Fall Foresight: Seasonal Preventive Horse Care

Autumn is the time for preventive horse health care and winterizing equine facilities

As you put away your warm-weather clothes in preparation for the cooler days ahead, you also need to be taking steps to prepare your barn and meet your horse’s needs before the weather turns bad. Check off this list of must-do tasks when putting your preparations in place.

1. Check your water system and heater

Ample water intake is essential for normal bodily and digestive functions and to reduce the risk of impaction colic, particularly in winter. The average horse needs to take in 5 to 10 gallons of water per day in cold climates, says Holly J. Helbig, DVM, of Hawthorne Veterinary Clinic, in Dublin, Ohio.

“Your horse consumes the maximum amount of water when it’s lukewarm,” she says. “Research shows that horses drink about 40% less water when it’s close to a frozen state. One option is to use heated water buckets that are easy to hang and relatively inexpensive compared to installing automatic waterers or tank heaters. If your horses live outside in the winter, a heated water tank is an excellent option but (like buckets) should be cleaned on a regular basis. The key to ensuring available water in the winter is to start early and be prepared.”

She urges property owners to check wiring and plumbing in the fall by giving everything a test run. “You don’t want to be stuck in the cold and snow trying to provide adequate water to your horses,” she says. “I’ve been there, hauling water from a house bathtub down to the barn … it’s not fun.”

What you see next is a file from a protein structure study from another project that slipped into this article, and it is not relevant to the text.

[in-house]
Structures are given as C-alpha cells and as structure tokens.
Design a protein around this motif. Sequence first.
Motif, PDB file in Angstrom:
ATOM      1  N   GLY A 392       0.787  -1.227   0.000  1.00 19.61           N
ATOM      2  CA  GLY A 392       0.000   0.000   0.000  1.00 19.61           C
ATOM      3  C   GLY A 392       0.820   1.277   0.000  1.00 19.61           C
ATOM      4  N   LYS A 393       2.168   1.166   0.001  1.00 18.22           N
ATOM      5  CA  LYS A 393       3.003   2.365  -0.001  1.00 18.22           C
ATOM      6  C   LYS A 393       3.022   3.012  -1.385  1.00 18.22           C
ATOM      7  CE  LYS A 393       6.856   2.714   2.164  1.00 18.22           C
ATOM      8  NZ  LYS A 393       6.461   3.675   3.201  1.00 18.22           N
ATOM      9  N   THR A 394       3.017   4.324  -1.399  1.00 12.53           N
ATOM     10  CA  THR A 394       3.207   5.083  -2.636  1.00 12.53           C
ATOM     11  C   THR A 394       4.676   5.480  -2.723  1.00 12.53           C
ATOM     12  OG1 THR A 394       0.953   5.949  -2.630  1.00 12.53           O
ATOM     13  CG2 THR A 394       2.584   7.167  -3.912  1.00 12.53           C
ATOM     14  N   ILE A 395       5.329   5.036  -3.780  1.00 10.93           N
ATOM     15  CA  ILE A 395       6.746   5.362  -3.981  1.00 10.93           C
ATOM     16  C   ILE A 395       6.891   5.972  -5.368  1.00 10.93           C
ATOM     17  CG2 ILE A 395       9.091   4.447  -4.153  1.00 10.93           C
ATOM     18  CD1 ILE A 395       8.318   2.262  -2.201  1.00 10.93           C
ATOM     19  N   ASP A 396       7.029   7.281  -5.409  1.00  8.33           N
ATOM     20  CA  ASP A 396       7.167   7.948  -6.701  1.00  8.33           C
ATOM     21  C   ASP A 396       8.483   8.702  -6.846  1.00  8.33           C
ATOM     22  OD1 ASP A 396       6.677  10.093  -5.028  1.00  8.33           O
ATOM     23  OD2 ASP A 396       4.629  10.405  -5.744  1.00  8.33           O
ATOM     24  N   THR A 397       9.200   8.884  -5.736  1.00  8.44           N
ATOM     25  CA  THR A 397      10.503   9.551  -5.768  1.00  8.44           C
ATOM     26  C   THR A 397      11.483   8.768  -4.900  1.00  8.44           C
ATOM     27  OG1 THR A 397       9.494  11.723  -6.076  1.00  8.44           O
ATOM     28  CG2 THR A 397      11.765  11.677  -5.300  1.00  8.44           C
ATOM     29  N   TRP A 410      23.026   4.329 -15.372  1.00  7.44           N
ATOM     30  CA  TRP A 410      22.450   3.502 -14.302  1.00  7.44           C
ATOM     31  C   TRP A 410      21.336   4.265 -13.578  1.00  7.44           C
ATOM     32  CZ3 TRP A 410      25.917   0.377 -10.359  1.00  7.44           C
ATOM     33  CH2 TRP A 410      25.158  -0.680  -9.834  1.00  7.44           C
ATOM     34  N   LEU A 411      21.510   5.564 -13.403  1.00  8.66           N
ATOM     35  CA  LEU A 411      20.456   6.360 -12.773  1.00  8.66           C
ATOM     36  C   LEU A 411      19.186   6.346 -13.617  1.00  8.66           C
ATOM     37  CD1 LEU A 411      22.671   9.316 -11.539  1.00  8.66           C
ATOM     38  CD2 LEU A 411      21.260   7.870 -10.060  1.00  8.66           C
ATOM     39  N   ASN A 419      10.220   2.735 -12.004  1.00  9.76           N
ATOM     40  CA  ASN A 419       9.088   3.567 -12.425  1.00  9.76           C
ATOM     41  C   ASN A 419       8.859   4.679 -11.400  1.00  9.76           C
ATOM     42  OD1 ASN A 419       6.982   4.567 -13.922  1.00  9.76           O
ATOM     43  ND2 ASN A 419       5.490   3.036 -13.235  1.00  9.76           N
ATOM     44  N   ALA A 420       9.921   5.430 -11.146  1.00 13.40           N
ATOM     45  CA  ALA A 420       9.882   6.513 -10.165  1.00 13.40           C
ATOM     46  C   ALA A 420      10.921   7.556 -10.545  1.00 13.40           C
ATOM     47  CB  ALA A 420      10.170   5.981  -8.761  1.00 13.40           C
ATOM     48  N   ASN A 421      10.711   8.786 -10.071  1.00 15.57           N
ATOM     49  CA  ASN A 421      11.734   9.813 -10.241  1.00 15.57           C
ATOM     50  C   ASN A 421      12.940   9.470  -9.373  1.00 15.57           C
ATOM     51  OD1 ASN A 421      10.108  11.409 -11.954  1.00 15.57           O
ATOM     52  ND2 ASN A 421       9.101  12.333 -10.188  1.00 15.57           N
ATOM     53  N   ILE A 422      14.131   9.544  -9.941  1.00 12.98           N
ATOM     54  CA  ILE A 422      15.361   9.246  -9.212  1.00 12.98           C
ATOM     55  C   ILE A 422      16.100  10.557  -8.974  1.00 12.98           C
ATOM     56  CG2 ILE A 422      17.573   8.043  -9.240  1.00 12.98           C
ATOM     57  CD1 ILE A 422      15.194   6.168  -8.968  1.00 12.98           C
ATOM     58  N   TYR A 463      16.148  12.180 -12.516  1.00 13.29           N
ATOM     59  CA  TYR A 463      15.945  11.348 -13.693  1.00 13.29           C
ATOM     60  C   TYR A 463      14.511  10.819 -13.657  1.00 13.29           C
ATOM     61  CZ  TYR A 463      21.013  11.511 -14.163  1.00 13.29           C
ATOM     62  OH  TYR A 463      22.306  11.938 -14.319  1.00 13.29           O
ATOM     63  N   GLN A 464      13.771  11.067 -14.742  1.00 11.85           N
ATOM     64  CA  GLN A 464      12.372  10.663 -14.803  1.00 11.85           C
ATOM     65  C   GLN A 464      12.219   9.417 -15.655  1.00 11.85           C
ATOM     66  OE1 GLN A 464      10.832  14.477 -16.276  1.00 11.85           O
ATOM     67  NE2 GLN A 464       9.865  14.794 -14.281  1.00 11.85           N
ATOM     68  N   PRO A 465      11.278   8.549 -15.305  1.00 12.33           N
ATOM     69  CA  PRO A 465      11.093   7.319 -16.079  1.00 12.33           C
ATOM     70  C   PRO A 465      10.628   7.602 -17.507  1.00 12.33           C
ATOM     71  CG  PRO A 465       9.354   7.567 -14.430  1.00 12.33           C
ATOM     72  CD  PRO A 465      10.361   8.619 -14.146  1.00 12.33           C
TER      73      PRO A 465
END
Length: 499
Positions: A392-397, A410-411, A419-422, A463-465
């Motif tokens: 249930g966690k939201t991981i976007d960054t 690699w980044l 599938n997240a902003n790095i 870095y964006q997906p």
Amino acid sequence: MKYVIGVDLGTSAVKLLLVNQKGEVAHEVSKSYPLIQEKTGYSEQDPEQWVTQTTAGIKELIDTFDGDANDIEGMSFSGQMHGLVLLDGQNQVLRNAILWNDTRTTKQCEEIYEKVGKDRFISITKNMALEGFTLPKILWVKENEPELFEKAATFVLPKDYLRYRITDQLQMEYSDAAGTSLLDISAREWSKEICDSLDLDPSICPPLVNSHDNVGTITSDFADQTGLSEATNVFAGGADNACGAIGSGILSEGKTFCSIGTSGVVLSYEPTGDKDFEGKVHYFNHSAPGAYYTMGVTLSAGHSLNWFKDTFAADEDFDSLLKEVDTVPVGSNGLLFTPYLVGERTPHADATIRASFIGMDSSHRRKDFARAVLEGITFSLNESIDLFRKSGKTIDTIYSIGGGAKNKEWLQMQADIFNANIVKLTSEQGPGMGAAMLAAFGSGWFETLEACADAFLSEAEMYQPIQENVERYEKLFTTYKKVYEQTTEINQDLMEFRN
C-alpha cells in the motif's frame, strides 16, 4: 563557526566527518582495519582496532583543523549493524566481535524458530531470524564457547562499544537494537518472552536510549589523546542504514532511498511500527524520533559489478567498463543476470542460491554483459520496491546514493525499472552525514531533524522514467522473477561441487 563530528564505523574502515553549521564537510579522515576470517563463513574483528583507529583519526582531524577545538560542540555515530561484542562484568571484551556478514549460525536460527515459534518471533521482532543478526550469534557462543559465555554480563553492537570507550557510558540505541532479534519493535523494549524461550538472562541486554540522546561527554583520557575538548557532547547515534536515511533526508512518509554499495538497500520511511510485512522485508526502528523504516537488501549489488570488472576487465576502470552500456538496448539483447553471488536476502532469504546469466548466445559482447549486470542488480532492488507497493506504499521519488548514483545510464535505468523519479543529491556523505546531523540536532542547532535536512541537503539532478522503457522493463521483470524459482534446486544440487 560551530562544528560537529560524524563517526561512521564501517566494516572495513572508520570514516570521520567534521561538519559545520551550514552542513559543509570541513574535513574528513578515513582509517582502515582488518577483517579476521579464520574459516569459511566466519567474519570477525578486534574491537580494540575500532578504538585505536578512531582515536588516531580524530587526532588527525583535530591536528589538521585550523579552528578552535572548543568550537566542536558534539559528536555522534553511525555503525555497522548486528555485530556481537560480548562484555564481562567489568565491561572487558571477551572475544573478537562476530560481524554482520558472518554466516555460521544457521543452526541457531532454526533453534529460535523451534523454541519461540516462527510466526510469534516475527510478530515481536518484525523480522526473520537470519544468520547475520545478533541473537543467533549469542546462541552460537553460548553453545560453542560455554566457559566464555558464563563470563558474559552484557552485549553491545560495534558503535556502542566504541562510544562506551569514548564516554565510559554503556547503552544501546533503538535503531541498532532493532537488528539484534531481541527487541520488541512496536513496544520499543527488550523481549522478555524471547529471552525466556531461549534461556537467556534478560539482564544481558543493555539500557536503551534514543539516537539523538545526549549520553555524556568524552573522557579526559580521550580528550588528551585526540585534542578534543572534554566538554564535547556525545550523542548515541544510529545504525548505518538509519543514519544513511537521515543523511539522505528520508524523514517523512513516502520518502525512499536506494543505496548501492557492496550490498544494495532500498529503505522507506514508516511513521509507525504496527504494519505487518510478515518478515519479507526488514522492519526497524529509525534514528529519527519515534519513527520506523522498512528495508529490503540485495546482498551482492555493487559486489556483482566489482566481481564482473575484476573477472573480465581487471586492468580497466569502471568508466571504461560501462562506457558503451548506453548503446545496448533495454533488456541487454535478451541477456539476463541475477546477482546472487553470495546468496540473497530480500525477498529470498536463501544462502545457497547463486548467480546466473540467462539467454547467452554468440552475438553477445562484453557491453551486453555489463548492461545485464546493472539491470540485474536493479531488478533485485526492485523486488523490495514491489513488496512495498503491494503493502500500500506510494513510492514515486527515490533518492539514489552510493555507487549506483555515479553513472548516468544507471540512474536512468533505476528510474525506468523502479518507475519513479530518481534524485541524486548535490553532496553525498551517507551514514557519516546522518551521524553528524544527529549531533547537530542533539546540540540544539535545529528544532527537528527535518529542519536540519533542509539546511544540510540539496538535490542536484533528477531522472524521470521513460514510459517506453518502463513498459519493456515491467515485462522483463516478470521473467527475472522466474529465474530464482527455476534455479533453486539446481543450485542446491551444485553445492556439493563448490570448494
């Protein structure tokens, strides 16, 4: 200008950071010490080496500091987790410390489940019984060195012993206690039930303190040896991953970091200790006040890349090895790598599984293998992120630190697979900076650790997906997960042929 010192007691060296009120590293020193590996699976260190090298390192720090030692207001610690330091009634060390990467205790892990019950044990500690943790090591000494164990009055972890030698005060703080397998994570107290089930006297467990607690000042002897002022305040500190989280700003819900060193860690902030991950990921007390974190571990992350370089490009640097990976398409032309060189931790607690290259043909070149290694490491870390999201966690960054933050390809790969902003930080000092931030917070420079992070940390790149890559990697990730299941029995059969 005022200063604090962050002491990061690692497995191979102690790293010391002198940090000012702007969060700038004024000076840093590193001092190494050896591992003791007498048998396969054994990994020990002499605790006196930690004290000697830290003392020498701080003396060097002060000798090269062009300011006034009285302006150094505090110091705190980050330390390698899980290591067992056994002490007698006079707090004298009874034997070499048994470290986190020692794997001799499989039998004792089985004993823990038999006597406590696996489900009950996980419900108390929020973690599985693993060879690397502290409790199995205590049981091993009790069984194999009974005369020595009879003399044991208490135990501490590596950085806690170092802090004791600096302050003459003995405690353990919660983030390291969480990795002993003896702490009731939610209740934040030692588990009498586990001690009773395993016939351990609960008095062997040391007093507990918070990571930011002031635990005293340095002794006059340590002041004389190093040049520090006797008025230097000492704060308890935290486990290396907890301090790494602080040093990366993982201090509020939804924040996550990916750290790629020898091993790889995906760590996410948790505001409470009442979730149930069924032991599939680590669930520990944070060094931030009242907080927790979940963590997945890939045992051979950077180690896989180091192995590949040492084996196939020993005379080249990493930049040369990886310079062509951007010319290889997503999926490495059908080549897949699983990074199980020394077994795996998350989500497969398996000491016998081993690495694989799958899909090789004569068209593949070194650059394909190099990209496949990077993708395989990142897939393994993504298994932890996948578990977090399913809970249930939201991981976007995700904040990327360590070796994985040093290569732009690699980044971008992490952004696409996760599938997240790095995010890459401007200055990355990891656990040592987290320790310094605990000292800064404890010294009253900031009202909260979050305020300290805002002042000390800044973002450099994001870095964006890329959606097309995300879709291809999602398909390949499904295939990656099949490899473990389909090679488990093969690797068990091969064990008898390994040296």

Also remember to unhook your hoses from water spigots before freezing temps hit. If your farm doesn’t have a frost-free hydrant that drops below ground-freezing levels, consider having one or more plumbed into your system.

2. Care for your equipment properly

Don’t forget to perform routine maintenance on your tractors, trailers, and hauling vehicles prior to winter so they work efficiently when needed most (e.g., for a midwinter veterinary emergency or when access ways need clearing).

3. Acquire and store hay

You’ll want to put up sufficient hay to accommodate all your horses until the next year’s first cutting becomes available.

“Horses have very small stomachs—a 2-4-gallon capacity—in proportion to their overall size,” explains Helbig. “They continuously release gastric acid unlike humans, who only release gastric acid when they are hungry or eating. Due to this dynamic, horses do best when fed free-choice hay if not fighting obesity. A mature horse eats 2-2.5% of its body weight a day, equivalent to 20-25 pounds of hay for a 1,000-pound horse.”

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